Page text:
I Have A Secret, Ad-Free Instagram Account, And It’s Bliss

I want to tell you about a secret place. A magical place. A place called Instagram in 2010. People posted photos–of their pets, their food, their adventures–and you just flipped through them as an escape from everything terrible in your life. Crucially, there were no ads or attempts at monetization. It was just pure visual bliss. Only about two years ago did I learn that Instagram wasn’t still like this for most people.


That’s because on my Instagram I don’t see ads. Even after upgrading my iPhone. Even after switching to Android. Even after Instagram got rid of the reverse chronological feed and added its self-destructing stories. I have all the new features, just none of the baggage that comes with them.

[Screenshots: courtesy of the author]When I realized that my experience was not common–and, in fact, that other people needed to squint through the ads to see posts–I figured it was because I wasn’t using Instagram hard enough. Maybe I was just an aging millennial not worth the effort of bra ads (I’ve heard from my female colleagues that there are a lot of bra ads). After all, I was still using Instagram in friends and family mode, and so I only followed a few dozen people. As sweet as my ad-free Instagram was, the idea that I wasn’t even worth being targeted made me feel a bit lame–it coincided with the birth of my first child and a sudden penchant for dad jeans.

So I challenged the algorithm by following celebrities, meme accounts, and even brands. Still, no ads. I think maybe I saw an ad or two, circa 2015? But nothing I could do as a user created ads on my feed. Eventually, I just forgot that my Instagram was different. After all, Instagram A/B tests everything on its service, just like Facebook. The most probable explanation is that I’ve hit the jackpot. I’m one of a lucky few who don’t see ads as some sort of control group, for now at least. Why question a blessing? (Instagram declined to comment on said blessing, anyway.)

Amidst the Trump era on Twitter, and the Russian reckoning at Facebook, though, I realized something: Instagram has become my digital refuge. Other platforms were no longer a means to unwind on the couch, because they carried a perpetual burden of their own politics. Instagram remained the perfect bubble to tune it all out, a piece of the old internet, before we were ad-targeted and hot-taked to death.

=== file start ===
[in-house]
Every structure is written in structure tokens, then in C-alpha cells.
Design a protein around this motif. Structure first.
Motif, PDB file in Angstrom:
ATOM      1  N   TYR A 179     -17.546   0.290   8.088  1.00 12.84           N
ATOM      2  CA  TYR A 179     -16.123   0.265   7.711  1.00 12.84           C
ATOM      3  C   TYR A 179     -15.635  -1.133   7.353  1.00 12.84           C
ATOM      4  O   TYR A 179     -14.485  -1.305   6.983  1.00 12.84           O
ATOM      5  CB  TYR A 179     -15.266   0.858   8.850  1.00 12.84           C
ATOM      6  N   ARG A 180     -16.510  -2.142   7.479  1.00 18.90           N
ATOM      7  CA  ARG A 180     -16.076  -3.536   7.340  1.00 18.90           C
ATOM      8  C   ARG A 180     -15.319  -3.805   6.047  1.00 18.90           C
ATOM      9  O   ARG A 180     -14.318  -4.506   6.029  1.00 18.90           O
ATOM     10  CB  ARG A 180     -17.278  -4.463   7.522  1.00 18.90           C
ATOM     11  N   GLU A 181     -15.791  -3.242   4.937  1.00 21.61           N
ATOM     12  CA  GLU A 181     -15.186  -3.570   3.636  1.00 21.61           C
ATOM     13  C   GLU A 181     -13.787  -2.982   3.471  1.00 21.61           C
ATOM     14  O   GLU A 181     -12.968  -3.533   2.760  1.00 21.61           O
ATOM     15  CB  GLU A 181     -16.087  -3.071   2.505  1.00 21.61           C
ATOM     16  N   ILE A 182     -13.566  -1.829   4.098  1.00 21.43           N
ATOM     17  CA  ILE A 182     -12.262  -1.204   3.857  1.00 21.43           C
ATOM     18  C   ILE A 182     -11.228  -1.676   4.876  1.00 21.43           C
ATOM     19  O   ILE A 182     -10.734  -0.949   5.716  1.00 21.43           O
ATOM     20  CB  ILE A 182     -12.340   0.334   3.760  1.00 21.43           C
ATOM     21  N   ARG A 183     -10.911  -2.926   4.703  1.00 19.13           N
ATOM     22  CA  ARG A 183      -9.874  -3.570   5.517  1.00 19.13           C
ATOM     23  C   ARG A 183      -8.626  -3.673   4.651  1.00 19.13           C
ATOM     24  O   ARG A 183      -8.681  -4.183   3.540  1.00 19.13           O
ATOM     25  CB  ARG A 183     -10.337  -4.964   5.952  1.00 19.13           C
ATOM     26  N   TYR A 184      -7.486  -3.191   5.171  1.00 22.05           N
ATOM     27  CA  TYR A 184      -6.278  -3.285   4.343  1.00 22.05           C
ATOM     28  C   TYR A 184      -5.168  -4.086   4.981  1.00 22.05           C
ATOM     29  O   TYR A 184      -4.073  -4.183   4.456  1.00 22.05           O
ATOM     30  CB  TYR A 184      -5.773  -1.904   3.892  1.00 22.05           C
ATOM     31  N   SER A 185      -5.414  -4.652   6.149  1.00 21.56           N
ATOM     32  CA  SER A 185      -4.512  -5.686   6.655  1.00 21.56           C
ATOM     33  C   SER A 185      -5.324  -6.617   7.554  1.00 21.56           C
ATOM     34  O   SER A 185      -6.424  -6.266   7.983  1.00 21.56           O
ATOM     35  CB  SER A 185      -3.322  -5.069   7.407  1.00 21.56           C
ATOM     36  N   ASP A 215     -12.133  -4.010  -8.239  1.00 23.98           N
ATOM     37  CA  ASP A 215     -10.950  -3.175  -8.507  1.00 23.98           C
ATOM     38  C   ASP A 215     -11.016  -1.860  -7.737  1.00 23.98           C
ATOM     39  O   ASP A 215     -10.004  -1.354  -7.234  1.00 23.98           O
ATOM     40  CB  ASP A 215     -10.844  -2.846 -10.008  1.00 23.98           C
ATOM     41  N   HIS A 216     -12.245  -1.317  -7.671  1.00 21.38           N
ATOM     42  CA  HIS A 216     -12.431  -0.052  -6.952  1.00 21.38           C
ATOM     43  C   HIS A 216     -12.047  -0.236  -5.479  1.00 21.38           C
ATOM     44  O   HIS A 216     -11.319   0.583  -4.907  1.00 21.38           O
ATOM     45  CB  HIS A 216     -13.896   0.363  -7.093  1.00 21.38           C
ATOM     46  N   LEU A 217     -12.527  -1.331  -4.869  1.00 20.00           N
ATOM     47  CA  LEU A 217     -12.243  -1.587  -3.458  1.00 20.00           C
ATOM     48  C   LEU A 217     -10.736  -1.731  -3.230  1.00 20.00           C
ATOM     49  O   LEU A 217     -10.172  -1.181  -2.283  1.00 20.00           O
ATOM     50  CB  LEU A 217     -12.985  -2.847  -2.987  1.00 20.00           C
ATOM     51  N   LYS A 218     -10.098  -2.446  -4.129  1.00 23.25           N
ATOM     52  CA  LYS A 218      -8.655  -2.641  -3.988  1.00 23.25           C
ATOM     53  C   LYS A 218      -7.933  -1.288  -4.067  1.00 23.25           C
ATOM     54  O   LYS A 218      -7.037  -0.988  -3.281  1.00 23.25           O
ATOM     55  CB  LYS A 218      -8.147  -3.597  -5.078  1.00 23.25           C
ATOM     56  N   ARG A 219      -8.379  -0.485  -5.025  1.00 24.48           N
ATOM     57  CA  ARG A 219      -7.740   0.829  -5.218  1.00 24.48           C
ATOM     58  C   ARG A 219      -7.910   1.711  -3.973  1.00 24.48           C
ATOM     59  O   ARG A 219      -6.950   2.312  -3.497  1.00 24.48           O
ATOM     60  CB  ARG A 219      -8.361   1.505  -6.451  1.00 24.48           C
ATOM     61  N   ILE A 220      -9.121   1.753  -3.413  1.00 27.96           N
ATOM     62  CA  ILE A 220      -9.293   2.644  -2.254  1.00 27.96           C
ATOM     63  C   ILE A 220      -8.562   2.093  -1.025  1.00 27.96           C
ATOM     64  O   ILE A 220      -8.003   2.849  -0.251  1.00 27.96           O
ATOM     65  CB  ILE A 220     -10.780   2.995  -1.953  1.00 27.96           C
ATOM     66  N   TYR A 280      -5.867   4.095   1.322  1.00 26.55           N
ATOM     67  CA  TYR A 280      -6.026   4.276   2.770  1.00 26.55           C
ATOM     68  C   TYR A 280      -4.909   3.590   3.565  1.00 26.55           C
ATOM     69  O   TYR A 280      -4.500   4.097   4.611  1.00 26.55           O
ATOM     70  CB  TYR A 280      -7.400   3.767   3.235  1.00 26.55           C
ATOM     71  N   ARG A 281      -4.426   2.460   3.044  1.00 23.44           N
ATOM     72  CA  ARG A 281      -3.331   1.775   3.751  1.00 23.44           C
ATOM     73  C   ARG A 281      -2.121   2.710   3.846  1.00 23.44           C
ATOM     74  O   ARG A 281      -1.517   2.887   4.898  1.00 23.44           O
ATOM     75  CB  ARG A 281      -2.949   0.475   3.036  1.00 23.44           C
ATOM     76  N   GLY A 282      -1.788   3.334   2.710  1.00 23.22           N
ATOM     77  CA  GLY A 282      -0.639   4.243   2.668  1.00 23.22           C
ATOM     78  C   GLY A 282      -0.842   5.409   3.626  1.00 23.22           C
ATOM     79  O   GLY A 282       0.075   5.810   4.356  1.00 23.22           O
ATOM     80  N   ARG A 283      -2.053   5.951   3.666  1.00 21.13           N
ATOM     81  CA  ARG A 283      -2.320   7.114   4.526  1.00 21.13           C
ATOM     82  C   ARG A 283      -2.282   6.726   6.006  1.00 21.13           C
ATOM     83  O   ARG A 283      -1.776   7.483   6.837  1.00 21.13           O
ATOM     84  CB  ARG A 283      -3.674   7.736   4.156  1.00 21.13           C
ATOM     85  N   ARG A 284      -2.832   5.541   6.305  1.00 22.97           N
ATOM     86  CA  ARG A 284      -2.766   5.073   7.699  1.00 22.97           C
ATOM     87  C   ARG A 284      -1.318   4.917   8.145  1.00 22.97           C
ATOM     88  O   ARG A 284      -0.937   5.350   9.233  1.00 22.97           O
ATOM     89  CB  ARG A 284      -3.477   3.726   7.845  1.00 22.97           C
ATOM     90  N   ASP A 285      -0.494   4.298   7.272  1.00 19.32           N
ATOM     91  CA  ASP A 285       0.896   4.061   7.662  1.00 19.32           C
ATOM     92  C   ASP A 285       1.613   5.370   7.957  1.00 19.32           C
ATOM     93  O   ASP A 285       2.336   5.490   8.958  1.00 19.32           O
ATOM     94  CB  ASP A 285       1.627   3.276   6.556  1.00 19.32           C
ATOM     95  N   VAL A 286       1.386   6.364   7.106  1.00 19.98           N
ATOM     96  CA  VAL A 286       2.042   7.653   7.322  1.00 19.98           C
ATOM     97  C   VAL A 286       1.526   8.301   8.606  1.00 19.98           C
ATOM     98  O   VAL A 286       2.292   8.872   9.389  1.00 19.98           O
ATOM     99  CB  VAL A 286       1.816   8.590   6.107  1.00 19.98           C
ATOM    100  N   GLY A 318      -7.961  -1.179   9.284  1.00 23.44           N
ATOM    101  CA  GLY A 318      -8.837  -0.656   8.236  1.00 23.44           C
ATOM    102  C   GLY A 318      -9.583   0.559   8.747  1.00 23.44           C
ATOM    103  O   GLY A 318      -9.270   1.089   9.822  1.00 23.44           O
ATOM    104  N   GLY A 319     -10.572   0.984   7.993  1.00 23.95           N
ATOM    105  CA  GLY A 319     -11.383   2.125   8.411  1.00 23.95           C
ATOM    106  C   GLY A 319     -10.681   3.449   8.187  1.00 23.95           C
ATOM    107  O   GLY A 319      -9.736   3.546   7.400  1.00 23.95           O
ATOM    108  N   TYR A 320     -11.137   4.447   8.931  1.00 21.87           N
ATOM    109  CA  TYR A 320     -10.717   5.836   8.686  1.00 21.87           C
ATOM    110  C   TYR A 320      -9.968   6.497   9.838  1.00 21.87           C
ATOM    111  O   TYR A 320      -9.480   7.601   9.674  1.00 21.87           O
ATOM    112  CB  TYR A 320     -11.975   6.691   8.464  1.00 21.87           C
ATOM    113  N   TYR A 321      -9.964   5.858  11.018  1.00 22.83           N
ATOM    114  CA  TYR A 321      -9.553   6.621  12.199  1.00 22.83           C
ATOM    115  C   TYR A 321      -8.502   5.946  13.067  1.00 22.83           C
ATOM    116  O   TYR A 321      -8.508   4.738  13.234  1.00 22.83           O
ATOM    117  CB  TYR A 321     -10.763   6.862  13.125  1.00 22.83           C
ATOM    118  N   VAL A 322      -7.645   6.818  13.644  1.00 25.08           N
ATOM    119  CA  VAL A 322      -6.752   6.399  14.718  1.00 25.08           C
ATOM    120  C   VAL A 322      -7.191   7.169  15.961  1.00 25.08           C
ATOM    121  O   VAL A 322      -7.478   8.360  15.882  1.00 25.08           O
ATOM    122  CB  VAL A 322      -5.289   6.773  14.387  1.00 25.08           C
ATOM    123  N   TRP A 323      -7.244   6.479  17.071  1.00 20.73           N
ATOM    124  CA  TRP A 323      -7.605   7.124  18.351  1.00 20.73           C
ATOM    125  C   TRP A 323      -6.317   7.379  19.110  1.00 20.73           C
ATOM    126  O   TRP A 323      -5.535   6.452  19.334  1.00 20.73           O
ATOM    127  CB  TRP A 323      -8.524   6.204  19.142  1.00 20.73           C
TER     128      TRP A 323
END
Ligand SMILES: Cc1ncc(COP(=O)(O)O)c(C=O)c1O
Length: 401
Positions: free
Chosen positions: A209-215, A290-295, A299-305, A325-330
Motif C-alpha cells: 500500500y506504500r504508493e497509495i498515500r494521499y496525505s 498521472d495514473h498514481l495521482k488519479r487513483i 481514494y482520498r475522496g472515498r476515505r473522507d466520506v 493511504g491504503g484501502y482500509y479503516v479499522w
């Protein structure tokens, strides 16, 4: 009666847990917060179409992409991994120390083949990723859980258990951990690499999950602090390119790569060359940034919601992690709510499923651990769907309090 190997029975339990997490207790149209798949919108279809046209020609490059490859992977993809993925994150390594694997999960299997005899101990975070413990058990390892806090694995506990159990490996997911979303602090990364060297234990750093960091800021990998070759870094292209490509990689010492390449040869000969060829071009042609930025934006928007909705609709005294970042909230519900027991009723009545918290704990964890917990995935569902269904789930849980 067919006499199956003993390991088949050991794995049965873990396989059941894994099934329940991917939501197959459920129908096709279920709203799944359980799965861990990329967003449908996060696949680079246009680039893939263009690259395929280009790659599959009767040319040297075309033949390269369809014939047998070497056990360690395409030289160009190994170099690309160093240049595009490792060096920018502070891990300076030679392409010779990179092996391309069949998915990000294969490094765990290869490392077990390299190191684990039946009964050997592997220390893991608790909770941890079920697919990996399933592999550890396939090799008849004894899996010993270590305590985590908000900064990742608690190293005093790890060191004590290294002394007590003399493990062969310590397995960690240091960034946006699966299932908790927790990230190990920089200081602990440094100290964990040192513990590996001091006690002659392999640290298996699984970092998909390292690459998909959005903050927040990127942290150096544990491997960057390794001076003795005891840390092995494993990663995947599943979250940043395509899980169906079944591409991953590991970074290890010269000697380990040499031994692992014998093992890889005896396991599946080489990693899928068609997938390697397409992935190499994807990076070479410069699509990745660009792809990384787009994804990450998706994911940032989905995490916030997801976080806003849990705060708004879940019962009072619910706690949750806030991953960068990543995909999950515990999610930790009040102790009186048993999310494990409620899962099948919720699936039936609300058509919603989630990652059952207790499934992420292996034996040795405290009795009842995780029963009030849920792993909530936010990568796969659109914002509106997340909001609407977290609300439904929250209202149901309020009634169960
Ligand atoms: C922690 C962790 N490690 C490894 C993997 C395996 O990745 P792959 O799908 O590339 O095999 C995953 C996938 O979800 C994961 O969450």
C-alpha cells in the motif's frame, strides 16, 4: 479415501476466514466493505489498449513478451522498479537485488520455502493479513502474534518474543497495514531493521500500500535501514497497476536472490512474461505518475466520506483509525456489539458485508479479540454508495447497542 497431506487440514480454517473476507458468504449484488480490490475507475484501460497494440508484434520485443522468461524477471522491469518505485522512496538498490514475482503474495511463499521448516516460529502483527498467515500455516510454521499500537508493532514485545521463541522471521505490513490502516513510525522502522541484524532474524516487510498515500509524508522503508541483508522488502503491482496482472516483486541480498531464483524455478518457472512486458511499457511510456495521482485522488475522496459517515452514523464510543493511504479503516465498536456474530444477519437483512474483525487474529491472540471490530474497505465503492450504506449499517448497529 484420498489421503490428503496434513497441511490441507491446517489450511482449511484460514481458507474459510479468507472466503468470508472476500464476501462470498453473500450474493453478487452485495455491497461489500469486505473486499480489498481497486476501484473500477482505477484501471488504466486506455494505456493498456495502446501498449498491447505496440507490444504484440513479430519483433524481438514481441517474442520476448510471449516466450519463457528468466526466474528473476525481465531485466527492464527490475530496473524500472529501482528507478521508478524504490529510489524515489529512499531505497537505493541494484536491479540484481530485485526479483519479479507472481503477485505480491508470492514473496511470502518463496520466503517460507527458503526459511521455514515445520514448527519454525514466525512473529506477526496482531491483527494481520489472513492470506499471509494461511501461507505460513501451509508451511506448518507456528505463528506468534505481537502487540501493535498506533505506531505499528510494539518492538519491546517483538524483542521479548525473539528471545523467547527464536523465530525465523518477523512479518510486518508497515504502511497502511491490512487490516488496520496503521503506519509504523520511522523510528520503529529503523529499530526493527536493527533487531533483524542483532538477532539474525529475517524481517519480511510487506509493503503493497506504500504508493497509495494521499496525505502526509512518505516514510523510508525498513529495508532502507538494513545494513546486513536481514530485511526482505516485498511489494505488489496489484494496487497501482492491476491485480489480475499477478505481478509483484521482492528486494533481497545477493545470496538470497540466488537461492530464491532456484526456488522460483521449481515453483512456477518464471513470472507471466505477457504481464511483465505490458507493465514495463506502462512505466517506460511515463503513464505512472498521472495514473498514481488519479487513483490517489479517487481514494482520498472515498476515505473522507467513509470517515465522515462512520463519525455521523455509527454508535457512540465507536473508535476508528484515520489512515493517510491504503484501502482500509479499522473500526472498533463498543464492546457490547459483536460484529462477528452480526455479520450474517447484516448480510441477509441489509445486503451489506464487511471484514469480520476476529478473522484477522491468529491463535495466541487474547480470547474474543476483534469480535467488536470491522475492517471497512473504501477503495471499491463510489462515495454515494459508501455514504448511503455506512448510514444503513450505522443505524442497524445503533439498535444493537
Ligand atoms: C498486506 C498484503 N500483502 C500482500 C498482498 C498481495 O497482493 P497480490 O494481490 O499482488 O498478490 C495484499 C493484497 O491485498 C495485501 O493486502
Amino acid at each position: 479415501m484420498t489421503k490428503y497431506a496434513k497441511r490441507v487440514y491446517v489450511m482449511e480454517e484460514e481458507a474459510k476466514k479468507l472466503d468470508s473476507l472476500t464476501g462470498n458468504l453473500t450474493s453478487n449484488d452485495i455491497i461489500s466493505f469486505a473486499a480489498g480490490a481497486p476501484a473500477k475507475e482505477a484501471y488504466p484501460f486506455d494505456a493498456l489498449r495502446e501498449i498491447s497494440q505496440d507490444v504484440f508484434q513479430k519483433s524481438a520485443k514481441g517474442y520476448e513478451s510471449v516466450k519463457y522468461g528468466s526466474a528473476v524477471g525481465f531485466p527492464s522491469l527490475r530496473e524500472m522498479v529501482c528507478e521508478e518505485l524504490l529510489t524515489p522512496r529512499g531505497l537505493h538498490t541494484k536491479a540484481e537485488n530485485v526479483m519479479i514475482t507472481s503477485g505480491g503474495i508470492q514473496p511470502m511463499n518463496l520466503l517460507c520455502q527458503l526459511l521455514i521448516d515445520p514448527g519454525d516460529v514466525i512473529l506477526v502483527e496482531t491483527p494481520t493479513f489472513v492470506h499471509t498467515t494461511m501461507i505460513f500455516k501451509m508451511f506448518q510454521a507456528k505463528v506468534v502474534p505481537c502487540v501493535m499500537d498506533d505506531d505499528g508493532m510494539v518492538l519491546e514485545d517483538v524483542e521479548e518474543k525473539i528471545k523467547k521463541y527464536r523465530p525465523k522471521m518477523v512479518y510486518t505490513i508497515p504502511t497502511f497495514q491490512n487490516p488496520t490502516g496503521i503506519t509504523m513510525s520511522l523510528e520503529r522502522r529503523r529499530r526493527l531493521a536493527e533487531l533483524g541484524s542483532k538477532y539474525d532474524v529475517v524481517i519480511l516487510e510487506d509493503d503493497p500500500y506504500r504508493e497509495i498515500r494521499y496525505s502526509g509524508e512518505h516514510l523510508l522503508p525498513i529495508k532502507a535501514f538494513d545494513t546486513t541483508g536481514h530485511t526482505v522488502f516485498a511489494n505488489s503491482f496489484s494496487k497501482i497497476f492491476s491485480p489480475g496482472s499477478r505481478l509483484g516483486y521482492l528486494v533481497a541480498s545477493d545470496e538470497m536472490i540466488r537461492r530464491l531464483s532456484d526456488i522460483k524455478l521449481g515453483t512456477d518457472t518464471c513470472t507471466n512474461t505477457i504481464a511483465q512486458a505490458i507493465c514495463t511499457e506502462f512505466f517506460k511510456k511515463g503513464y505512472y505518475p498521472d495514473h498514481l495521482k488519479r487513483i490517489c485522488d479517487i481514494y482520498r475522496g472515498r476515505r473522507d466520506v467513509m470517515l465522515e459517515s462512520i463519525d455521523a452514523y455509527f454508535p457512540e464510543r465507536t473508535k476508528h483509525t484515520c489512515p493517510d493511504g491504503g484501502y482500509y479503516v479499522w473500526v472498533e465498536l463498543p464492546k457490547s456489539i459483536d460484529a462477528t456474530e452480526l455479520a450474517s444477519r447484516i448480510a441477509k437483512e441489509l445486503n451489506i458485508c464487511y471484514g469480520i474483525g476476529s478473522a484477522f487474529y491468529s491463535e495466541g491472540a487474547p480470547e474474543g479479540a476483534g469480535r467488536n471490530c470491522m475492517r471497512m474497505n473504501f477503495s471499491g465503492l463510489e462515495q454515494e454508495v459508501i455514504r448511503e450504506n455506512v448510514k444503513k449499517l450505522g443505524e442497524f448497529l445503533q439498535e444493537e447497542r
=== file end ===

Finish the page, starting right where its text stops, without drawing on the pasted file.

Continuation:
In turn, I’ve begun to wonder, what would I pay for this experience? And would I pay to go ad-free on my other services, too? In many ways, and to many people, Instagram is sort of a perfect permutation of Facebook itself. And if it’s ads ruining Facebook, might we buy our way out? It’s been proposed by a lot of people. In fact, Sheryl Sandberg recently went on record with NBC saying, “We don’t have an opt-out [for ad targeting] at the highest level. That would be a paid product,” though she never detailed if Facebook would offer such a product, or what a subscription would cost. And Zuckerberg has stated pretty clearly just this month that he believes a free Facebook, driven by ads, is the only tool that can bring the service to everyone.

Some analysis, however, helps us speculate. While Facebook doesn’t break out revenue specific to Instagram, the company does detail its revenue on Facebook itself. Facebook currently makes $26 per user, per quarter, in the U.S. and Canada as of Q4 2017. That rate is $7 higher than the same time last year, and about double what Facebook was making off users in 2016. Assumably, the per-user revenue for Instagram and WhatsApp is much lower than that, though, so I have little to no clue what I’d have to spend to go revenue-neutral on an Instagram feed.


[Source Photo: Vinícius Henrique/Unsplash]Would you or I pay $104/year, or $8.60/month, for Facebook? Keep in mind, its revenue has been growing at an incredible rate –so to appease Wall Street, those prices might go up, too.

Does that sound like a lot or a little? My mind oscillates back and forth. Given that Spotify costs $10/month, and Netflix currently costs $11/month, I guess I’d fork over about $9 for Facebook, but I would certainly be grumpy about it. And I’d drop a few bucks to keep my ad-free Instagram feed if it came down to it, too. Though surely, that’s not so realistic for 2 billion other users that have adopted Facebook around the globe–which is really the problem with a hypothetical discussion like this, or wishfully thinking that Facebook would let us buy our way out of its data-tracking initiatives. Privacy should not be a privilege.

In the meantime, it may be of little solace, but I can confirm that social media without the ads really is an entirely different experience. Not simply because there is less visual noise vying for your attention (and your dollars), but because now, as we all come to terms with the consequences of deep user profiling, those targeted ads are the perfect, omnipresent reminder of everything we’ve given up to connect with our family and friends online: our privacy, and our democracy.

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